Can Your Boss Make You Work Overtime?

Is it legal for an employer to require more than 40 hours of work from an employee?

Adam Freedman
3-minute read

Today’s topic: Can your boss make you work overtime? 

And now, your daily dose of legalese:  This article does not create an attorney-client relationship with any reader.  In other words, although I am a lawyer, I’m not your lawyer.  In fact, we barely know each other. If you need personalized legal advice, contact an attorney in your community.

Can My Boss Make Me Work Overtime?

Heather writes in asking whether it’s legal for an employer to make overtime mandatory?  According to Heather, “I still get the time-and-a-half pay for any time over 40 hours worked, but my supervisor has said that we MUST work no less than 50 hours per week until further notice.”

Heather, I’m amazed you found the time to write to me!  The quick answer is that it probably is legal for your employer to require a 50-hour work week, provided that they pay you overtime, which apparently is happening in your case.   There are a few twists to overtime law, however.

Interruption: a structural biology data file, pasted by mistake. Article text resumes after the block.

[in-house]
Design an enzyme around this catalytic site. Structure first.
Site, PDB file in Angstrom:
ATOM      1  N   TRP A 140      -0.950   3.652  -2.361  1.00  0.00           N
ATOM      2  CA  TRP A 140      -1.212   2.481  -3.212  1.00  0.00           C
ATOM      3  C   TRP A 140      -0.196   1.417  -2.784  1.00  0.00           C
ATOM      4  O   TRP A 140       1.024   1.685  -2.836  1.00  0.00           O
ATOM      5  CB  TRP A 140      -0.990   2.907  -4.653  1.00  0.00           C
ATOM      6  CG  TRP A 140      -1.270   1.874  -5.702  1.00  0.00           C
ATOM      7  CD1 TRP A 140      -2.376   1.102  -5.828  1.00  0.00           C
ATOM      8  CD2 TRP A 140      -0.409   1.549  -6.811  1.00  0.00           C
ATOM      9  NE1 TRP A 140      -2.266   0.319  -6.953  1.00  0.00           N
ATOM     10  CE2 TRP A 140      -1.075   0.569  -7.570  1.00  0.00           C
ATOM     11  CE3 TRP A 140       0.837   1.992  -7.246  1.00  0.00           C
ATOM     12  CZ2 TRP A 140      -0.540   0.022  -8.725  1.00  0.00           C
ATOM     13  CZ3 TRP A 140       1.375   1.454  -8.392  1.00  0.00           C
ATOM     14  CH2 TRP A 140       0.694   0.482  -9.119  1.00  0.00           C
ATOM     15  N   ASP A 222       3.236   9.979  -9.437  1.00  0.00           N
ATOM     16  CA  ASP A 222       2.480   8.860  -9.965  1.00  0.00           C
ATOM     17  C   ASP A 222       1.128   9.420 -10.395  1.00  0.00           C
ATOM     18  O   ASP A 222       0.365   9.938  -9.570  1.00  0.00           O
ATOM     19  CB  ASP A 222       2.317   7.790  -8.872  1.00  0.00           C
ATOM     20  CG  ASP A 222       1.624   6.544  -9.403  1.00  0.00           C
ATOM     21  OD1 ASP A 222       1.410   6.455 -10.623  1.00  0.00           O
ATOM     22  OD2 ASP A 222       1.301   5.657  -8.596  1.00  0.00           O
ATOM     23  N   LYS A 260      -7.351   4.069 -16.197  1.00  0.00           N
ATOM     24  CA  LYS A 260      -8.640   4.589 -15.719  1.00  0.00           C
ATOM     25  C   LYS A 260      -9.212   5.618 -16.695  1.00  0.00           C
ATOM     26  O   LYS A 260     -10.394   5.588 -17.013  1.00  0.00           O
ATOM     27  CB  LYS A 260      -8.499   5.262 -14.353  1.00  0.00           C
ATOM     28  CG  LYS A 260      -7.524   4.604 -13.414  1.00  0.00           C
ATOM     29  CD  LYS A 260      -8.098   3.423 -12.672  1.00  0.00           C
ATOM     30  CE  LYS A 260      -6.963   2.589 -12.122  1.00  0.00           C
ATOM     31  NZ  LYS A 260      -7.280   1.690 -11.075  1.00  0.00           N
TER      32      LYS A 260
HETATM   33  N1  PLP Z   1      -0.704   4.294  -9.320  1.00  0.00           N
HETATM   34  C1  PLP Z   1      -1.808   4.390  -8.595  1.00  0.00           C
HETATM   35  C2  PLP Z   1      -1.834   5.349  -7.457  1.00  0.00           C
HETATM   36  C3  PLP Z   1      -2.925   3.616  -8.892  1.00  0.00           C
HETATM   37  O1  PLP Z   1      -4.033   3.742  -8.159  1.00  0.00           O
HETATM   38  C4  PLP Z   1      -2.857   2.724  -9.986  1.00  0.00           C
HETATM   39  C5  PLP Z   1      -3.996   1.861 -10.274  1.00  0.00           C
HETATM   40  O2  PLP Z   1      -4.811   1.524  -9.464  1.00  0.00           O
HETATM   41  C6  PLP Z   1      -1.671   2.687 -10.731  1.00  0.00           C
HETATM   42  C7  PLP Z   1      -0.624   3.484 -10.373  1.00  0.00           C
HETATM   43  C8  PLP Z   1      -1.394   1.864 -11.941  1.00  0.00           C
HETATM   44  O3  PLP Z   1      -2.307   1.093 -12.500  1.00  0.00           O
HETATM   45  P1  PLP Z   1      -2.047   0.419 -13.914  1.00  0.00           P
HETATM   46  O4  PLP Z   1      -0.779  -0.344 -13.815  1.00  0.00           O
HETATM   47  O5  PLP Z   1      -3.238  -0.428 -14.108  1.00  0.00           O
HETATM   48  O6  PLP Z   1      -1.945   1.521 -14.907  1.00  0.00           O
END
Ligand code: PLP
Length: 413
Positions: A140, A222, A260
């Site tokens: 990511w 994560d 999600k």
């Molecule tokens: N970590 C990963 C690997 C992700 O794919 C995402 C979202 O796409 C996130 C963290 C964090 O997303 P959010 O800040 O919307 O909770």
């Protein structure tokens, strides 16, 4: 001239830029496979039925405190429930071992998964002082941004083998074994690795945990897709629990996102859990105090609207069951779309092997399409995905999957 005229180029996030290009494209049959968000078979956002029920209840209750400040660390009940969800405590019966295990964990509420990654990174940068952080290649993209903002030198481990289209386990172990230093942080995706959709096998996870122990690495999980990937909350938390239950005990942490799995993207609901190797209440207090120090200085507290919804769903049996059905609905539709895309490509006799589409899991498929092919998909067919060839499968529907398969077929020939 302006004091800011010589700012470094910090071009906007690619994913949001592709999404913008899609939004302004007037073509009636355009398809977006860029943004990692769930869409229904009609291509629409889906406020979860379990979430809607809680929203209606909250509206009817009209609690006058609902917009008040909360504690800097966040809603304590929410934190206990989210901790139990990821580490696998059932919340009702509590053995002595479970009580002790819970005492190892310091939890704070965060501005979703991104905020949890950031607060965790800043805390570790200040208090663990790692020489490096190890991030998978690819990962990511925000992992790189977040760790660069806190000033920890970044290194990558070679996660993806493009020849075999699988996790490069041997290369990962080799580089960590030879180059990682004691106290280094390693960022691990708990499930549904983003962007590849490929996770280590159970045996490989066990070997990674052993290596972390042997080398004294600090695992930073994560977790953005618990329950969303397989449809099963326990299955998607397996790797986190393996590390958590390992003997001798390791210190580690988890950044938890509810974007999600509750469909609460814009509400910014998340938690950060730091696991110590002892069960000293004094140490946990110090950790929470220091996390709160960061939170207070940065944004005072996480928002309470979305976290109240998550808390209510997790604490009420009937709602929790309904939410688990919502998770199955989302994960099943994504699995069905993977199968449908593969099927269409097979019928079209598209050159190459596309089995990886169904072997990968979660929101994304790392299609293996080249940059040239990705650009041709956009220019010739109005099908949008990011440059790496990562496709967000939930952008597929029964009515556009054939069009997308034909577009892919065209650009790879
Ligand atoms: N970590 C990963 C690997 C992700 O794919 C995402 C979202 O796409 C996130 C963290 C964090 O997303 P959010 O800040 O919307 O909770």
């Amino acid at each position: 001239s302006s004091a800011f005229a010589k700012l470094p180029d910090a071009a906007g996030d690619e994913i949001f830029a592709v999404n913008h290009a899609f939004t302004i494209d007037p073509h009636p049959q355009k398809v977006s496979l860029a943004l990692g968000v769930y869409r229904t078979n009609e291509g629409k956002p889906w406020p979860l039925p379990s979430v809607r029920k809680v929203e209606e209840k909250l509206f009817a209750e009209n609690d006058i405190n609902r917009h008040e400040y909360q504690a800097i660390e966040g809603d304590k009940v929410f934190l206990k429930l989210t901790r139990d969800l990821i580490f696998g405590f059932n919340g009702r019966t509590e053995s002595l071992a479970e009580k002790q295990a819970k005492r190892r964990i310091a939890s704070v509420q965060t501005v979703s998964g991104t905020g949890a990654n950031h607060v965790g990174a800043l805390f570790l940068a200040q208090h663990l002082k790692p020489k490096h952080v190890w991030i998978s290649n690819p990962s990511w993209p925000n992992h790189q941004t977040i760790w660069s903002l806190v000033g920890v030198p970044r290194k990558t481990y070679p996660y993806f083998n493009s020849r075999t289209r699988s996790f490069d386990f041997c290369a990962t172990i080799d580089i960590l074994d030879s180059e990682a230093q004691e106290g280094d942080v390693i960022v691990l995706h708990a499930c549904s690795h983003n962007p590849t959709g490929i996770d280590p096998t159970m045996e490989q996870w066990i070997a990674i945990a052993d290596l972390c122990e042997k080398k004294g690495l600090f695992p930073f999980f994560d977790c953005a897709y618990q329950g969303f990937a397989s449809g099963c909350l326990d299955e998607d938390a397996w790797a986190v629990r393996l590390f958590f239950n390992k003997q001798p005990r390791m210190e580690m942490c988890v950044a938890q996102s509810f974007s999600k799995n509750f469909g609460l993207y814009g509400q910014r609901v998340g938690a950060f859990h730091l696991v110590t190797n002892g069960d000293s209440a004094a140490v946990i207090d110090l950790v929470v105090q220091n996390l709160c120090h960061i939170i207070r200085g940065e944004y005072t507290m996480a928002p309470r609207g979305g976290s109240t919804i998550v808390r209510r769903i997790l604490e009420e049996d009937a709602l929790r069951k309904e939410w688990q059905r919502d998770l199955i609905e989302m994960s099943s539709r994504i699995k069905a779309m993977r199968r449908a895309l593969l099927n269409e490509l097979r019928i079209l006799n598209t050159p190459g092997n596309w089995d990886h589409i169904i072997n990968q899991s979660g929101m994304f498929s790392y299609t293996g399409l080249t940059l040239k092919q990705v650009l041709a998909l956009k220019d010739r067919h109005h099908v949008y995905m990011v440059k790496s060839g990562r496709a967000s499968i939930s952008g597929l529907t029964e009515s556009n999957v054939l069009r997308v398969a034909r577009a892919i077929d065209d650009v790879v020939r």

Federal Law Defines the 40-Hour Week

The main law dealing with wage and hour limits is the federal Fair Labor Standards Act or FSLA, passed in 1938, but amended many times since.

The FSLA defines the 40-hour work week, establishes the federal minimum wage, and places restrictions on child labor.  The FSLA applies to employers who have more than $500,000 in annual sales, or who are engaged in interstate commerce – and, remember, interstate commerce is defined broadly. If your company uses the mail to send stuff, you’re probably engaged in interstate commerce. 

Your boss can make you work more than 40 hours a week, but he may have to pay overtime.

There is No Legal Maximum to the Hours Worked

Although the FSLA establishes the 40-hour work week, it does not put an upper limit on the number of hours your boss can ask you to work.  However, it does require that any worker covered by the statute who works more than 40 hours per week must get paid time-and-a-half for any hours worked above that number. 


About the Author

Adam Freedman

Adam Freedman is a lawyer and a regular contributor to Point of Law and Ricochet. Freedman’s legal commentary has been featured in The New York Times, the Minneapolis Star-Tribune, and on Public Radio. He holds degrees from Yale, Oxford, and the University of Chicago. He is the author of The Naked Constitution (2012).